Amen Dunes is Damon McMahon, an American who lived in Beijing, but moved back to New York to pursue a career in music. On his latest album, Through Donkey Jaw, the crooner mixes folk, psychedelia and atmospherics with a bit of Chinese life seeping into its soothing, melodic mantras and hypnotic undercurrent. We discussed slow life. Read about making ripples, stuffing marijuana in your shoes and timelessness.
Interview by Brenda Bosma, Photos shot by Christopher Schreck in New York, USA
Does your mom like your music?
Actually, my mother does not. It makes her feel uncomfortable even.
Do you think moms are a good indicator for the quality or relevance of music?
I wonder what Weird Al Yankovic’s mother thinks about that. I don’t know why my music makes my mother uncomfortable. It’s fine though. I take great pleasure from my music.
She surely must love your band name.
Well, she must. It looks great on paper. Also I like the feeling of sand slipping through your fingers, the music sounds like that too. ‘Amen’ is in itself super beautiful, of course. It has a mysterious and gothic thing to it.
Is there Chinese poetry in your music?
There’s this one song that has all these voices in the background, they are all speaking Chinese. They are slandering me.
Is that why you left Beijing?
Yeah, because everyone was talking shit about me. No, actually my ex-girlfriend wrote something nasty about me. The song is about that.
Does time in China move fast or slow? In Chinese poetry it’s like it’s not passing at all, focusing on the stream and the wind.
China moves really fast on the surface, but underneath it’s very slow. I loved it, but I left because I wanted to try Amen Dunes. My record label wanted me to play live, so I moved back to New York. If they didn’t like my music, I would have stayed in China and just lived life wonderfully. I would buy fresh fruit from the market every day and read a lot of books. That kind of slow life.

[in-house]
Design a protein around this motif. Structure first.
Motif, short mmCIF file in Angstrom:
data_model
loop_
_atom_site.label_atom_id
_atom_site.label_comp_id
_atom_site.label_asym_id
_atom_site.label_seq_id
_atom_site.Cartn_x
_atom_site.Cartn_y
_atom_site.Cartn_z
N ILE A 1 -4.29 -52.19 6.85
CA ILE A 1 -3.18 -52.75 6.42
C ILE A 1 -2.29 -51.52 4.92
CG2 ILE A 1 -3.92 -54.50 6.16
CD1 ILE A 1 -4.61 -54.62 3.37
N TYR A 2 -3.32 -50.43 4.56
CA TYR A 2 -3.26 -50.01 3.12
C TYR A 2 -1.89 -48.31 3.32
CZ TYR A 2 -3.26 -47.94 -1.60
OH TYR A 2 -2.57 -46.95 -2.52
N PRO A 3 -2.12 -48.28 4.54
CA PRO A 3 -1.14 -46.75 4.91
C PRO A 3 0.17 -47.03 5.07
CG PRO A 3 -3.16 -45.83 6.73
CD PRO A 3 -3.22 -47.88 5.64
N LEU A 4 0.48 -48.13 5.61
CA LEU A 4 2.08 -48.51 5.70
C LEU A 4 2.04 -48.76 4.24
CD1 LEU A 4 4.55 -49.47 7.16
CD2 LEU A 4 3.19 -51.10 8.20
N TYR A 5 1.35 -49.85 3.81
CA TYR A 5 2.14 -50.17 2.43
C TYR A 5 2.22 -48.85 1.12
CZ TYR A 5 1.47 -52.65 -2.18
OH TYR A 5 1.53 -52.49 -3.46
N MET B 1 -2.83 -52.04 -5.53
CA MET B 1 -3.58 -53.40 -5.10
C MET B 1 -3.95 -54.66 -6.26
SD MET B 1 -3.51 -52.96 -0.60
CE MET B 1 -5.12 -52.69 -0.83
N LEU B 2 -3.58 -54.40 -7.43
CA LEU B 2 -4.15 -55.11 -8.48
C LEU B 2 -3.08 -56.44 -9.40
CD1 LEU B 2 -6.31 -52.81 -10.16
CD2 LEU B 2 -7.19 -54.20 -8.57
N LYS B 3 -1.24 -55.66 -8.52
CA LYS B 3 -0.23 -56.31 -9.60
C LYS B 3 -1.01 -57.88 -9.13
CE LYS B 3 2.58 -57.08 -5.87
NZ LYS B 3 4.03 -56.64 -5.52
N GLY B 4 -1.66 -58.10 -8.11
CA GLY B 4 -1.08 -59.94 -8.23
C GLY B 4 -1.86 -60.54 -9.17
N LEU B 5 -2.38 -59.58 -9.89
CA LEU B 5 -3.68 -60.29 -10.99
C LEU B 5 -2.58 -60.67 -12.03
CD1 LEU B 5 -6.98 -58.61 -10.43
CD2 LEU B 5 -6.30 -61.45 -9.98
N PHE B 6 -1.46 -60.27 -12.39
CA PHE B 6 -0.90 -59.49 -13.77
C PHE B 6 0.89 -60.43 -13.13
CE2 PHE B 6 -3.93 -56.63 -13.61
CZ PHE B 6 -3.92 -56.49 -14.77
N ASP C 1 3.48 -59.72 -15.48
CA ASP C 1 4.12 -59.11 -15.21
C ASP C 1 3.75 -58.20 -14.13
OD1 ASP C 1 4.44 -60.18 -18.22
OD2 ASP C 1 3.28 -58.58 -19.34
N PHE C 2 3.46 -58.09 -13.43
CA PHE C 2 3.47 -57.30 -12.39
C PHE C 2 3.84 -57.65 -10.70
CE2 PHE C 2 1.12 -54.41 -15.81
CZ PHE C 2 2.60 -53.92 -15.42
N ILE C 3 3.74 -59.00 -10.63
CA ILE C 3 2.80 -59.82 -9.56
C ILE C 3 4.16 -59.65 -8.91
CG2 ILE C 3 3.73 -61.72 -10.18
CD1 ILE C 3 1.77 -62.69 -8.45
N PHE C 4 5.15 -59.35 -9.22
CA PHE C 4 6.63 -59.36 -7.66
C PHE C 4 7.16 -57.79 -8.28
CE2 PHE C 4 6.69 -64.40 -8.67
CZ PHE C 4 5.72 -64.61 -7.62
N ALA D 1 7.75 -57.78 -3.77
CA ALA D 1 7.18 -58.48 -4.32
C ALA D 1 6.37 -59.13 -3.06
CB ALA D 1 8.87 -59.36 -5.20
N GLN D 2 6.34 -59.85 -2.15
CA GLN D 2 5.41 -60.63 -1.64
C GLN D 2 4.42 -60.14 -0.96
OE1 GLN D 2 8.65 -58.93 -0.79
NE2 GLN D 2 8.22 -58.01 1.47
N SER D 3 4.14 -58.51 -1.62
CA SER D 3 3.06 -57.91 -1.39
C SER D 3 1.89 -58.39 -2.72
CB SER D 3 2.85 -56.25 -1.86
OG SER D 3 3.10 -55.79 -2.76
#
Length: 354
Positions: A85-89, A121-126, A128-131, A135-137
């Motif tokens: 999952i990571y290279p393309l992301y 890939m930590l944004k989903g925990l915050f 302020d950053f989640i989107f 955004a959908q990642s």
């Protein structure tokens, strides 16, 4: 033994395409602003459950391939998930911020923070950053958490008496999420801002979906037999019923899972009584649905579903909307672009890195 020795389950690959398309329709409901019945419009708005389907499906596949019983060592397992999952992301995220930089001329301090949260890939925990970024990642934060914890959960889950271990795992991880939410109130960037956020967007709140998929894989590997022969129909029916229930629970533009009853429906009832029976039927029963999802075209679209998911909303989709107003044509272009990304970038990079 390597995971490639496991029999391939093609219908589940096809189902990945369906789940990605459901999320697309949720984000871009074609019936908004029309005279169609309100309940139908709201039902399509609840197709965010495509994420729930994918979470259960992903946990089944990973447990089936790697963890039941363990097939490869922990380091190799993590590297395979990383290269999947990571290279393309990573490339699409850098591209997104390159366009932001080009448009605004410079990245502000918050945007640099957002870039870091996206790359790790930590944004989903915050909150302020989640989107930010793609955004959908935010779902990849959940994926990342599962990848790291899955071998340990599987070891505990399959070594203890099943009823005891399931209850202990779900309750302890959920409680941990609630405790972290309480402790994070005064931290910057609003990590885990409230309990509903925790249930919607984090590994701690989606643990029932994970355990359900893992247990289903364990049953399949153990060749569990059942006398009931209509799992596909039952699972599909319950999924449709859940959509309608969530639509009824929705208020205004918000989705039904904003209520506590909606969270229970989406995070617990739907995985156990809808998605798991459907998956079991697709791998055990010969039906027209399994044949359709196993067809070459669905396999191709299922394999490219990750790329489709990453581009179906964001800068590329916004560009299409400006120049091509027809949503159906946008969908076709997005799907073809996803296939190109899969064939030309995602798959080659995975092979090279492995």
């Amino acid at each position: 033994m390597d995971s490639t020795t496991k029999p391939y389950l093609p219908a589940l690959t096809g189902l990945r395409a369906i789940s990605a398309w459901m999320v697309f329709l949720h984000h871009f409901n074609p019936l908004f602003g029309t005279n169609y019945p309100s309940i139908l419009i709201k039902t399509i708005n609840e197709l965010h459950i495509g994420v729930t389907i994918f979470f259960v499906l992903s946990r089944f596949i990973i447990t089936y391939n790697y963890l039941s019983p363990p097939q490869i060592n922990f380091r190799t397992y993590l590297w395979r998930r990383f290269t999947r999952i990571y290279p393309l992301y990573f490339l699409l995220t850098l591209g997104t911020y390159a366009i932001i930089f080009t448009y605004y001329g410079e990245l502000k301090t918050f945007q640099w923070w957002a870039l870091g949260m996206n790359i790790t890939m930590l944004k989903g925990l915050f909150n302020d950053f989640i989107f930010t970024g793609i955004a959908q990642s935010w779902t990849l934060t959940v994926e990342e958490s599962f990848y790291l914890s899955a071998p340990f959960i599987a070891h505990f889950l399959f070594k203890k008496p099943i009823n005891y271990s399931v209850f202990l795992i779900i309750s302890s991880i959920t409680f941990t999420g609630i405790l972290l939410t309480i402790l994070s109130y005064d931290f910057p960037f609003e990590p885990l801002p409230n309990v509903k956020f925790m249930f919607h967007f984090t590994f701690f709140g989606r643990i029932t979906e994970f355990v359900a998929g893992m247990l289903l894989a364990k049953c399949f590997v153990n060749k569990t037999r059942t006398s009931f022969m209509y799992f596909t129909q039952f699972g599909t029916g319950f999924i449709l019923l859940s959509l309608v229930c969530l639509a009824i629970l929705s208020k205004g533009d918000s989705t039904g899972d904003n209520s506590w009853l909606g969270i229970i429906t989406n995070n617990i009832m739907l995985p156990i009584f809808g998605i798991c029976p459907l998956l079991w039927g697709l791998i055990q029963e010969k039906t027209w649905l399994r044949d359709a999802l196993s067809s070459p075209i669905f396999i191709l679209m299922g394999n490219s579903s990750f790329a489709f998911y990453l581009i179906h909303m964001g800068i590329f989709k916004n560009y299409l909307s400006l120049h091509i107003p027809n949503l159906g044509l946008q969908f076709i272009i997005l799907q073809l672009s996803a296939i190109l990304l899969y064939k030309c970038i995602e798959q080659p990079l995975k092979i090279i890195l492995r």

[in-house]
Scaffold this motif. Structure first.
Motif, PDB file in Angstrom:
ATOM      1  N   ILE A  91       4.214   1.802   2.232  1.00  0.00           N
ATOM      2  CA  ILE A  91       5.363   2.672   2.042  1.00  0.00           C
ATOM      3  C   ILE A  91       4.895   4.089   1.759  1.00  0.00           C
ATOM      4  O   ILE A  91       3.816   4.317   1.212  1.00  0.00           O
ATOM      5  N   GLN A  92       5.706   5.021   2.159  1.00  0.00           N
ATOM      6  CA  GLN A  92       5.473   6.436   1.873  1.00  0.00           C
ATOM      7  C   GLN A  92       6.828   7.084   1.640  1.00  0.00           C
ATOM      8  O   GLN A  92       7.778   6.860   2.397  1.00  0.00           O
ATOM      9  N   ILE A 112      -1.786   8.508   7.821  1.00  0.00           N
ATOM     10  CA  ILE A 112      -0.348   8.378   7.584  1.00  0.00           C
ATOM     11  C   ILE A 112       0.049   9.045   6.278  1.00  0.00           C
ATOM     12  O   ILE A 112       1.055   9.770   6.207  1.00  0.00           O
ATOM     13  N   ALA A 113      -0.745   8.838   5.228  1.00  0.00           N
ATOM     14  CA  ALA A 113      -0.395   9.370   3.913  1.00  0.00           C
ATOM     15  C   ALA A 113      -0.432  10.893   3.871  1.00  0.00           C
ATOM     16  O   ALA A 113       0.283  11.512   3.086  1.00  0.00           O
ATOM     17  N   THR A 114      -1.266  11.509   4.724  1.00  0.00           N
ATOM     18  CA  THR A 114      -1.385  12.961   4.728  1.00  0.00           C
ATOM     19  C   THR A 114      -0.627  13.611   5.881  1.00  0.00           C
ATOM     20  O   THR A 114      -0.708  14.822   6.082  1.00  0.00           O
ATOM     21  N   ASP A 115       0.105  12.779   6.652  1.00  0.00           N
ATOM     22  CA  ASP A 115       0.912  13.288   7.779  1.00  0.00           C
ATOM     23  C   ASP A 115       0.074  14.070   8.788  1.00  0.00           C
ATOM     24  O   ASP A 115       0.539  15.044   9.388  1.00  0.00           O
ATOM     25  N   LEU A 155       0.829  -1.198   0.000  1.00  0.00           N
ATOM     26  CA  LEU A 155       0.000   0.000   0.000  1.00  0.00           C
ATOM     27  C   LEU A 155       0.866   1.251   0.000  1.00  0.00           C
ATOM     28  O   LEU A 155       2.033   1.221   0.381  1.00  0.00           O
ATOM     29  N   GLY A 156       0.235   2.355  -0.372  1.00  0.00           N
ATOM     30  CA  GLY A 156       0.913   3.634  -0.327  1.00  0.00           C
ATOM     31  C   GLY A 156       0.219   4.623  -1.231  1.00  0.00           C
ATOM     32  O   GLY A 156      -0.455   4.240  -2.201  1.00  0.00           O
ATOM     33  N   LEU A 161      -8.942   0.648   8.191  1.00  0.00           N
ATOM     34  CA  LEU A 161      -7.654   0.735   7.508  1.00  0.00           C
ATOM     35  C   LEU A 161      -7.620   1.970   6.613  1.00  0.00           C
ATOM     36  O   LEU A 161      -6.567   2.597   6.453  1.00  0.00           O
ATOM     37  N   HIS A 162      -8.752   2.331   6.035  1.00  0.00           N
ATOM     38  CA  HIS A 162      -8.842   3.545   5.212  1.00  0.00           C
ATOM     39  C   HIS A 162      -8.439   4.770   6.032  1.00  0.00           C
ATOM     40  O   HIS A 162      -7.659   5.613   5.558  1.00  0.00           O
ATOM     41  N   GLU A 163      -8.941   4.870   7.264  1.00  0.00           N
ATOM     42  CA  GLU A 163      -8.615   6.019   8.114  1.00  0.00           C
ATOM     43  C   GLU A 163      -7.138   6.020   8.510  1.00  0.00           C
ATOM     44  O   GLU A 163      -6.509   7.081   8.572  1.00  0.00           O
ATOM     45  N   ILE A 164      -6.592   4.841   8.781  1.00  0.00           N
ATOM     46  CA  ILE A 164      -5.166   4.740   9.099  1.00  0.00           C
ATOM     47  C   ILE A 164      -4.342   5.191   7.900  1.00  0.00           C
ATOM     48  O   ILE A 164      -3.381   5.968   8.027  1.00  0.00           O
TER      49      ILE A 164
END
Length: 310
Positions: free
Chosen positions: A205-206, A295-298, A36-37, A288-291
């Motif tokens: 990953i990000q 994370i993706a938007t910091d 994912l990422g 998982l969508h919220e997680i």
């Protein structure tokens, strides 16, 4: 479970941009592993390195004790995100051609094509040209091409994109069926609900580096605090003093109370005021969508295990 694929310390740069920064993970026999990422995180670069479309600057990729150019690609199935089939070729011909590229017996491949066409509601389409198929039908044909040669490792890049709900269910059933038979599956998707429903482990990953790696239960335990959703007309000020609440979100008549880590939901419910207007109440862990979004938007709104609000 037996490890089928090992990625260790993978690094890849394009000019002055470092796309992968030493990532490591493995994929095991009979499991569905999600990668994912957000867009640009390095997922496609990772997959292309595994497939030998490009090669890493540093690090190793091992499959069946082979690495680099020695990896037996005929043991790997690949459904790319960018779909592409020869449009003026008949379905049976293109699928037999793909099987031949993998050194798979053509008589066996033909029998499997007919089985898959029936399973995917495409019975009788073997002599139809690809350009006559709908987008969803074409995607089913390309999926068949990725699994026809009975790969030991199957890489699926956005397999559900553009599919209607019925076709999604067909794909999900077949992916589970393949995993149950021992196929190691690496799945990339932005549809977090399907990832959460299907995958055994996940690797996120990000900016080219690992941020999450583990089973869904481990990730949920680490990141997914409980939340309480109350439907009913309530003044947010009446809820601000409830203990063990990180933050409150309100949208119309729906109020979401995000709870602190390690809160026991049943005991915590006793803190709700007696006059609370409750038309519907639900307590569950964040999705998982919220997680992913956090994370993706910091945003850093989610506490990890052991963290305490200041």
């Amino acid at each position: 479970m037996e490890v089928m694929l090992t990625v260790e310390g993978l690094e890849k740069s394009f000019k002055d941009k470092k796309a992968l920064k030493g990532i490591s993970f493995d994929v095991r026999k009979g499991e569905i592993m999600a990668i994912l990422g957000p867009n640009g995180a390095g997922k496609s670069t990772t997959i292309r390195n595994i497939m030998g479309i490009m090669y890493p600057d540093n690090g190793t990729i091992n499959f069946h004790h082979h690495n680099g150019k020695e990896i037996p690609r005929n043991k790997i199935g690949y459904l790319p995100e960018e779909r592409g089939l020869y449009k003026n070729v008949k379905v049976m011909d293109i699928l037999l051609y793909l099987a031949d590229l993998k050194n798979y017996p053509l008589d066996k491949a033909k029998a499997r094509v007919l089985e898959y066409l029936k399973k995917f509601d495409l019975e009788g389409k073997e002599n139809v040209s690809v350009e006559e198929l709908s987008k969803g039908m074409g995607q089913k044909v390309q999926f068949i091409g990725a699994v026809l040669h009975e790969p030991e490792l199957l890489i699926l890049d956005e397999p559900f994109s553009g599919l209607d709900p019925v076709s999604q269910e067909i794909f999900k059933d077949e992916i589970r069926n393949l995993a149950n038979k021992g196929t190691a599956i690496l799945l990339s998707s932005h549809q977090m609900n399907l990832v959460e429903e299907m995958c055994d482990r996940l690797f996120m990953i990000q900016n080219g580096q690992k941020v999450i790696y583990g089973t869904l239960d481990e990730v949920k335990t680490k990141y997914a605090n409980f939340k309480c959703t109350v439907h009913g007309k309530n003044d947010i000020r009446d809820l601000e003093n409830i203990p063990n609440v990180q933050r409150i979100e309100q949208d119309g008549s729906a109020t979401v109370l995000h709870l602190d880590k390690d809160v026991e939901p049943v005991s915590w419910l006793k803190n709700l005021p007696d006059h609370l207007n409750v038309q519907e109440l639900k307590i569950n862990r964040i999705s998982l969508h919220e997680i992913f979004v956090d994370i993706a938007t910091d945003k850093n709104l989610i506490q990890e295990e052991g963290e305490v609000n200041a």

Are you the type of person to throw rocks in a pond when the water is still?
No way, I like the pond to be still.
You don’t like to make ripples?
No, not at all.
You don’t like to be heard?
I don’t need to be heard.`
Why do you make what you make?
Because it makes me feel really good. To me it’s beautiful, so I want to share it, but I like to share it quietly. I like the rocks to be dancing on the water.
The work of performance artist Marina Abramović is often about endurance and the passing of time. She had this performance piece where she walks the Great Wall of China and after three months gets reunited with her lover, Ulay, who walked the Wall from the other end. Did you walk the Great Wall of China?
I did with my brother once and we bumped into marijuana plants. We collected some and stuffed the leaves in our shoes. I don’t know how long we were on the bridge. Could’ve been a long time.
If you could add an element of timelessness to your music what would it be?
I’d probably take a lot of things away. I’ll have it just be me and a guitar. No big message, just little ones that people can interpret for themselves. I really care about lyrics, even though they sound a bit muffled on the recordings. Blame that on my bad equipment. The songs often have nonsensical lyrics, like codes or mantras. ‘Baba Yaga’ is totally a mantra to me.
But you should never give away your mantra.
I know, but I can’t help it. That song is my mantra.
In bars time takes on this surreal quality; you sort of forget about it, you waste it (but maybe that’s also because of the alcohol). Also the music in bars never really changes. It’s always the same song. What’s the best surrounding for your music to be heard in?
I think when you’re walking around it works best. I love to walk with my headphones on, living a bit of slow life. The music also has that wandering quality. It’s a great marriage. But you can probably also listen to it in a bar when you’ve had too much to drink.
Amen Dunes plays on 15 September at Paradiso, Amsterdam and 16 September at Incubate Festival, Tilburg.